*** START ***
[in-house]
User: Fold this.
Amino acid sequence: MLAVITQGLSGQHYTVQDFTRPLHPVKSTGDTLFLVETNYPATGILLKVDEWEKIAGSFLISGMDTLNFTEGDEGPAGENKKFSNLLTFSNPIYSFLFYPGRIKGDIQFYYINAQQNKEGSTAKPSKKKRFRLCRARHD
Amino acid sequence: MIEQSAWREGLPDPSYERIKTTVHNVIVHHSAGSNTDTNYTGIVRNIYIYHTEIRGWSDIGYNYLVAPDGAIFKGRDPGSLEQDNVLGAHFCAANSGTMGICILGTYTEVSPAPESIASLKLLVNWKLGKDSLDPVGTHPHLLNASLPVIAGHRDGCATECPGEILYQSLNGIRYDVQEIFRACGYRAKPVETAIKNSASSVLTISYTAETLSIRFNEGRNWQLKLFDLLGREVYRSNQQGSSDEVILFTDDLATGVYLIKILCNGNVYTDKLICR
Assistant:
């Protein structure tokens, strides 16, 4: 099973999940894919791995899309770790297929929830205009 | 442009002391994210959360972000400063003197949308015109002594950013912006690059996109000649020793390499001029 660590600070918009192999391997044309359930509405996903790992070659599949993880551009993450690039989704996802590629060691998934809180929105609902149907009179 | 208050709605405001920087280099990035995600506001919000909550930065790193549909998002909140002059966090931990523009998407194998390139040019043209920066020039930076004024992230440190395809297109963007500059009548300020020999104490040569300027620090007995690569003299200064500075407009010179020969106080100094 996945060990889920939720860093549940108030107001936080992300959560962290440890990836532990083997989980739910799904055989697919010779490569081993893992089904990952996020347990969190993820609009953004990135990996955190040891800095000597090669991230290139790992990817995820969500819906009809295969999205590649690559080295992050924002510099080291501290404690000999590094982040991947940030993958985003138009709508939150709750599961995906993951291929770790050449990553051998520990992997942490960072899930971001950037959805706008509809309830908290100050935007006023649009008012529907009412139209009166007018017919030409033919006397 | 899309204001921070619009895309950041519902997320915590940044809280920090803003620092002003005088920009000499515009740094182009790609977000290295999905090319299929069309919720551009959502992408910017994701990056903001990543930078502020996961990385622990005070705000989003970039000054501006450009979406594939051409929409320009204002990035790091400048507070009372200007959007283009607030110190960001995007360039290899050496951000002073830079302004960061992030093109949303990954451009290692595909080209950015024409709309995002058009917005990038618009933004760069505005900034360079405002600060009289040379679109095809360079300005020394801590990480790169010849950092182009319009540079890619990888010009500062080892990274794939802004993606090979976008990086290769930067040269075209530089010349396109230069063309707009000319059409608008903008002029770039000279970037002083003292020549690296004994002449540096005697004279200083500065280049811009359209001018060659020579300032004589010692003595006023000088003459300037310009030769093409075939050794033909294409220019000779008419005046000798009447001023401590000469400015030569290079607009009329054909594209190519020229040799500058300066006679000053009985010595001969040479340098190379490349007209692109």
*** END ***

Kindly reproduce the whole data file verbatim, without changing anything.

[in-house]
User: Fold this.
Amino acid sequence: MLAVITQGLSGQHYTVQDFTRPLHPVKSTGDTLFLVETNYPATGILLKVDEWEKIAGSFLISGMDTLNFTEGDEGPAGENKKFSNLLTFSNPIYSFLFYPGRIKGDIQFYYINAQQNKEGSTAKPSKKKRFRLCRARHD
Amino acid sequence: MIEQSAWREGLPDPSYERIKTTVHNVIVHHSAGSNTDTNYTGIVRNIYIYHTEIRGWSDIGYNYLVAPDGAIFKGRDPGSLEQDNVLGAHFCAANSGTMGICILGTYTEVSPAPESIASLKLLVNWKLGKDSLDPVGTHPHLLNASLPVIAGHRDGCATECPGEILYQSLNGIRYDVQEIFRACGYRAKPVETAIKNSASSVLTISYTAETLSIRFNEGRNWQLKLFDLLGREVYRSNQQGSSDEVILFTDDLATGVYLIKILCNGNVYTDKLICR
Assistant:
């Protein structure tokens, strides 16, 4: 099973999940894919791995899309770790297929929830205009 | 442009002391994210959360972000400063003197949308015109002594950013912006690059996109000649020793390499001029 660590600070918009192999391997044309359930509405996903790992070659599949993880551009993450690039989704996802590629060691998934809180929105609902149907009179 | 208050709605405001920087280099990035995600506001919000909550930065790193549909998002909140002059966090931990523009998407194998390139040019043209920066020039930076004024992230440190395809297109963007500059009548300020020999104490040569300027620090007995690569003299200064500075407009010179020969106080100094 996945060990889920939720860093549940108030107001936080992300959560962290440890990836532990083997989980739910799904055989697919010779490569081993893992089904990952996020347990969190993820609009953004990135990996955190040891800095000597090669991230290139790992990817995820969500819906009809295969999205590649690559080295992050924002510099080291501290404690000999590094982040991947940030993958985003138009709508939150709750599961995906993951291929770790050449990553051998520990992997942490960072899930971001950037959805706008509809309830908290100050935007006023649009008012529907009412139209009166007018017919030409033919006397 | 899309204001921070619009895309950041519902997320915590940044809280920090803003620092002003005088920009000499515009740094182009790609977000290295999905090319299929069309919720551009959502992408910017994701990056903001990543930078502020996961990385622990005070705000989003970039000054501006450009979406594939051409929409320009204002990035790091400048507070009372200007959007283009607030110190960001995007360039290899050496951000002073830079302004960061992030093109949303990954451009290692595909080209950015024409709309995002058009917005990038618009933004760069505005900034360079405002600060009289040379679109095809360079300005020394801590990480790169010849950092182009319009540079890619990888010009500062080892990274794939802004993606090979976008990086290769930067040269075209530089010349396109230069063309707009000319059409608008903008002029770039000279970037002083003292020549690296004994002449540096005697004279200083500065280049811009359209001018060659020579300032004589010692003595006023000088003459300037310009030769093409075939050794033909294409220019000779008419005046000798009447001023401590000469400015030569290079607009009329054909594209190519020229040799500058300066006679000053009985010595001969040479340098190379490349007209692109």